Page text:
In Search of Loose Parts

 If you are like me, you spend most of the summer planning for the next school year, specifically gathering materials. When I was in the classroom, one type of material that I was always on the lookout for was loose parts. Loose parts are open-ended materials that, as their name implies, can often be parts of other everyday items, such as empty spools. The beauty of loose parts is that you can get them for very low prices, sometimes even free, yet their classroom potential is limitless. Because loose parts are used as open-ended materials, materials without a set purpose, students can use problem-solving and creativity skills to figure out what to do with them. Teachers can also be creative in how to intentially use them in teaching specific content.

 

Teachers that have been including loose parts in their classrooms for multiple years tend to have many different interesting items throughout their rooms. This abundance of resourcefulness can be overwhelming for a teacher just starting to incorporate the idea of loose parts. Luckily, there are resources to help.

 

Reusable Resource Centers are excellent places to gather loose parts. By simply doing a google search for reusable resource centers I came across the Reusable Resources Association which lists these resource centers by city and state. Unfortunately, there is not a center listed in San Antonio, but a quick drive to Austin, and I can shop at a non-profit called Austin Creative Reuse. This listing of resource centers could be quite helpful if you’re planning to travel for the summer. You’ll never know how materials might change as the way of life and industry changes from place to place. Happy gathering!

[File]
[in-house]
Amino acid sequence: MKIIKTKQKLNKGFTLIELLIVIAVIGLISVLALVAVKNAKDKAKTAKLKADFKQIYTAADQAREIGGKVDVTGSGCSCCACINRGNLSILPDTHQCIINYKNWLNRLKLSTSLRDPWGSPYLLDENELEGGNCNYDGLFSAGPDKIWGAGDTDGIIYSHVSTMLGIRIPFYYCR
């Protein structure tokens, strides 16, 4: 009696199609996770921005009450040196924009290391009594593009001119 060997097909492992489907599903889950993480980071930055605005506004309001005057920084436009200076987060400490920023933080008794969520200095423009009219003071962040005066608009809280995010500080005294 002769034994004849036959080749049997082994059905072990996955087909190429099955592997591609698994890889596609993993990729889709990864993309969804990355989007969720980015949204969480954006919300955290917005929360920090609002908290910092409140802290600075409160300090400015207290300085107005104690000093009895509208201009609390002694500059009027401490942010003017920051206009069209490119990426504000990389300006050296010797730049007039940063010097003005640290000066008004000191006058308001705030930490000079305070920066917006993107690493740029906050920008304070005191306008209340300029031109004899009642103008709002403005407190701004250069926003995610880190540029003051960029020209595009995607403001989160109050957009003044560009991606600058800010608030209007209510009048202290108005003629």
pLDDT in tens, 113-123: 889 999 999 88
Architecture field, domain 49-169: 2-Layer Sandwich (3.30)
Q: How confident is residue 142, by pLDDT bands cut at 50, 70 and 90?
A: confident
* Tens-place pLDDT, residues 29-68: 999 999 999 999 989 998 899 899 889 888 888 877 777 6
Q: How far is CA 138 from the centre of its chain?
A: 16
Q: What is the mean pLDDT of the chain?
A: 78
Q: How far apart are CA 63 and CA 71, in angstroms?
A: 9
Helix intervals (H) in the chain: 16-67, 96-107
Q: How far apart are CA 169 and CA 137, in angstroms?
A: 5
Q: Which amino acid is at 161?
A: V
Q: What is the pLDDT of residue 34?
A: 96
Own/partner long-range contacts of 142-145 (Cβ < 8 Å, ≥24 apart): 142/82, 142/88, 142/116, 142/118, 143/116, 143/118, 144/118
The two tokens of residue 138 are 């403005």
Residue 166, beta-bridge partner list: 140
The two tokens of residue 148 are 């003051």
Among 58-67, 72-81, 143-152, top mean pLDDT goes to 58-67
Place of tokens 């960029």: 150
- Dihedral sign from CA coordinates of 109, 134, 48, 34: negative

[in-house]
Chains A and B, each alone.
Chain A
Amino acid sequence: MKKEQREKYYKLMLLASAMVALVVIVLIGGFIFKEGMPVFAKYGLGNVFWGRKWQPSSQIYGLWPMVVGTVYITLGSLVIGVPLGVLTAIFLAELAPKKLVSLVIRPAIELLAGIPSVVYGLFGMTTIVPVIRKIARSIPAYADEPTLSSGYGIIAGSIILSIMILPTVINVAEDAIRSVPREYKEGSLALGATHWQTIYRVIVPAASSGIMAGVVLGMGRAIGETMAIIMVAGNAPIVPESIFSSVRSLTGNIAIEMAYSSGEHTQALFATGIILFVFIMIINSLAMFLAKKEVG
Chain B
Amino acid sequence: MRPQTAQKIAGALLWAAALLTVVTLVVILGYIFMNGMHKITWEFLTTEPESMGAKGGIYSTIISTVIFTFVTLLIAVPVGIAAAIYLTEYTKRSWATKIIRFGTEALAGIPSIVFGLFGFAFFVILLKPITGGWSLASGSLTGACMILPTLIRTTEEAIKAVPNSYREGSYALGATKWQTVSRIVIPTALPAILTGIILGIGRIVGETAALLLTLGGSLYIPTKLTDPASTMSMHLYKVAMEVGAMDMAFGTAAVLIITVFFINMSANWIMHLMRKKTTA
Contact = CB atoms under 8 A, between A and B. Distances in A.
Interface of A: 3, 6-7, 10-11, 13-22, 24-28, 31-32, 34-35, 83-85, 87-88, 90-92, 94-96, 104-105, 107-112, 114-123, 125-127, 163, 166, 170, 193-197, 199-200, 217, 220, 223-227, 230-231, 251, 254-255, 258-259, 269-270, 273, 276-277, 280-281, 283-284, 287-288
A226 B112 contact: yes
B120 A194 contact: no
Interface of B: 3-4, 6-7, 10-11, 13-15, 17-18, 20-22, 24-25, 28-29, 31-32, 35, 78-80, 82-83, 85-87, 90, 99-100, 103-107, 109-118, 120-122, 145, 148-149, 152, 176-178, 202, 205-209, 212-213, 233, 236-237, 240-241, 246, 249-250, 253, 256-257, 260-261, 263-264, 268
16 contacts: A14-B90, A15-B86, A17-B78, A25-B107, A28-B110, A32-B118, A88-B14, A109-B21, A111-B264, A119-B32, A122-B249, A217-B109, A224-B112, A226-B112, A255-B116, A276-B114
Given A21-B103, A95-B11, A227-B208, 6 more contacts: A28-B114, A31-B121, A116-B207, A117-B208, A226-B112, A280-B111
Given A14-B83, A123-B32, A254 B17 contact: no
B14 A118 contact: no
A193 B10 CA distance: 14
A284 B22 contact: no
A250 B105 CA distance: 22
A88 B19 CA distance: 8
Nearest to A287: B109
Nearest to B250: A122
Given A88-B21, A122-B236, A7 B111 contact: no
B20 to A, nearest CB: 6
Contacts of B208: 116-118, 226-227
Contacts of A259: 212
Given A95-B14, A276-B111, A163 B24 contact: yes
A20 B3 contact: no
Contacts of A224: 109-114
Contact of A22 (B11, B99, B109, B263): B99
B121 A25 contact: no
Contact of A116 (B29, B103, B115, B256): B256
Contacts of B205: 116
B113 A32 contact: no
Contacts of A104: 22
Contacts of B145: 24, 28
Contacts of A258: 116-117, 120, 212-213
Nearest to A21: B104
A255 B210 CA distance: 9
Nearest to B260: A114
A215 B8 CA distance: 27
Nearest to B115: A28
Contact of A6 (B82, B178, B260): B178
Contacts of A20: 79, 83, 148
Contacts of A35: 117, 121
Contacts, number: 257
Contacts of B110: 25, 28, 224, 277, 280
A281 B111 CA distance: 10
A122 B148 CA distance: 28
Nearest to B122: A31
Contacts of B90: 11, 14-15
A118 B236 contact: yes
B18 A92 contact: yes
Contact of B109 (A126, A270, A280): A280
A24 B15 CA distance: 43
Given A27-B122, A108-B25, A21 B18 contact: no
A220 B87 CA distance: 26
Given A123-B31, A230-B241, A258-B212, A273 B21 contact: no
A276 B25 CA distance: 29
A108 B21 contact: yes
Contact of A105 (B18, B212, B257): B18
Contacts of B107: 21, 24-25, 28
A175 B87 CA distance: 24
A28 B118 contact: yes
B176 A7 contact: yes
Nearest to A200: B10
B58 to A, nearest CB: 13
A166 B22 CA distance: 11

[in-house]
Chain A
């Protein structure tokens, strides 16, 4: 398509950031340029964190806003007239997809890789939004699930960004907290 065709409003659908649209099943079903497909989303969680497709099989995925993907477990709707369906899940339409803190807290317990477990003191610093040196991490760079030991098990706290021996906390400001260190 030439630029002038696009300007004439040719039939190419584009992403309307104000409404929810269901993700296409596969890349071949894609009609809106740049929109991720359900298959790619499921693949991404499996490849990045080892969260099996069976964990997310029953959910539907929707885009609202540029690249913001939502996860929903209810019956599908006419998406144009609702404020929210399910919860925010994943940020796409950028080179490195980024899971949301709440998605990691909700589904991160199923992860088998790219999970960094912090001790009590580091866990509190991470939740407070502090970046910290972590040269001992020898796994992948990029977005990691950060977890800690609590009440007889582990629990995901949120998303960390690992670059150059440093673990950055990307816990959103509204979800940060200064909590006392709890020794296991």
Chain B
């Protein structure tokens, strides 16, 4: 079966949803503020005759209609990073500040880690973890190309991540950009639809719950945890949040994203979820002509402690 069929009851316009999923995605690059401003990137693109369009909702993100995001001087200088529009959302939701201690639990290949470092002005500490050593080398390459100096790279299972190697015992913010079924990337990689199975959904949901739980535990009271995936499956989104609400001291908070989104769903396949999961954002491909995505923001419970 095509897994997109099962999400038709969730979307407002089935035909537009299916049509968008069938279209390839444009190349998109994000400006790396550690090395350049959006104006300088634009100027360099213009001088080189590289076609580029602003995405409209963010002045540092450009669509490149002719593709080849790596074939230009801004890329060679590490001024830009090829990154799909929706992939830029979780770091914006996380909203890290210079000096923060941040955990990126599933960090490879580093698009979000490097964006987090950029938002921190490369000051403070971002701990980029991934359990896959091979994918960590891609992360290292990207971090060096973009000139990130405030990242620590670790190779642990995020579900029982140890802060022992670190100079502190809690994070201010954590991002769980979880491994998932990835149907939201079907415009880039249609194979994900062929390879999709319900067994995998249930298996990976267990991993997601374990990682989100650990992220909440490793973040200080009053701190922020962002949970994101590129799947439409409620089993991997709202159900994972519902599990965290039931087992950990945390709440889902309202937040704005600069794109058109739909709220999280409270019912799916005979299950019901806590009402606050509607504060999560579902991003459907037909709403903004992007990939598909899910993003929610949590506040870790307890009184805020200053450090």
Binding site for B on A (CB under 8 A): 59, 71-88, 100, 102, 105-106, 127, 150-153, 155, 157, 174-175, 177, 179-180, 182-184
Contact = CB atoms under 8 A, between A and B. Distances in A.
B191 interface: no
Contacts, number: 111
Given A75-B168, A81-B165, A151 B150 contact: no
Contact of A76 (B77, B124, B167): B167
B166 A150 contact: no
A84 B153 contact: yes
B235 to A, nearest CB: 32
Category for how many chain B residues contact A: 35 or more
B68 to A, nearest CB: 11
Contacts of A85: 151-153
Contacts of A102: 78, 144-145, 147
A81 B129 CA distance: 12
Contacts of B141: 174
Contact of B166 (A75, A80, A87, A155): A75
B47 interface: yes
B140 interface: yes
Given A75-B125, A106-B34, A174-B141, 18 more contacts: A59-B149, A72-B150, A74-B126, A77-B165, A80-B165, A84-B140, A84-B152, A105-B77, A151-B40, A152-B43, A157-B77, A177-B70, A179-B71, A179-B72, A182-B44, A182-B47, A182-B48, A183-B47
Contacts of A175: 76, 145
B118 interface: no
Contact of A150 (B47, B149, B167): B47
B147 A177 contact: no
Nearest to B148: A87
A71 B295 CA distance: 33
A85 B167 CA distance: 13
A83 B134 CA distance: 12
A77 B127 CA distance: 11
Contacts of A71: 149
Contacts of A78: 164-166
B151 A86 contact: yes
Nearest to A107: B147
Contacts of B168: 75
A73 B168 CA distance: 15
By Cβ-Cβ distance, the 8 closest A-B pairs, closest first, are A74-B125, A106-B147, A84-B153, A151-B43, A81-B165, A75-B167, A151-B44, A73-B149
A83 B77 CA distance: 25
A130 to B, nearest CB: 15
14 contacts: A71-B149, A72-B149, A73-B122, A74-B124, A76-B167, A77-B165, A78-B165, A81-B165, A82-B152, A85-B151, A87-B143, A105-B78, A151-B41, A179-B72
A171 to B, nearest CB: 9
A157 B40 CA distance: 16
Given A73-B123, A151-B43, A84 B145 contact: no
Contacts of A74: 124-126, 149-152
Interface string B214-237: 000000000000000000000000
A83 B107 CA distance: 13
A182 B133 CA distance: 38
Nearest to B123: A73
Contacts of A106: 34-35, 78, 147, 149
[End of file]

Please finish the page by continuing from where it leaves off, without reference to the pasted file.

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Training Spotlight

1st-3rd grade educators worked together to learn engaging ways to develop number sense. Students will develop fact fluency while playing games that use their number sense strategies. By learning their facts in this way, students are not merely memorizing, but rather learning to work with numbers flexibly.  “Low achievers are often low achievers not because they know less but because they don’t use numbers flexibly – they have been set on the wrong path, often from an early age, of trying to memorize methods instead of interacting with numbers flexibly.” Jo Boaler,  Stanford University, 2009

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April 8, 2019

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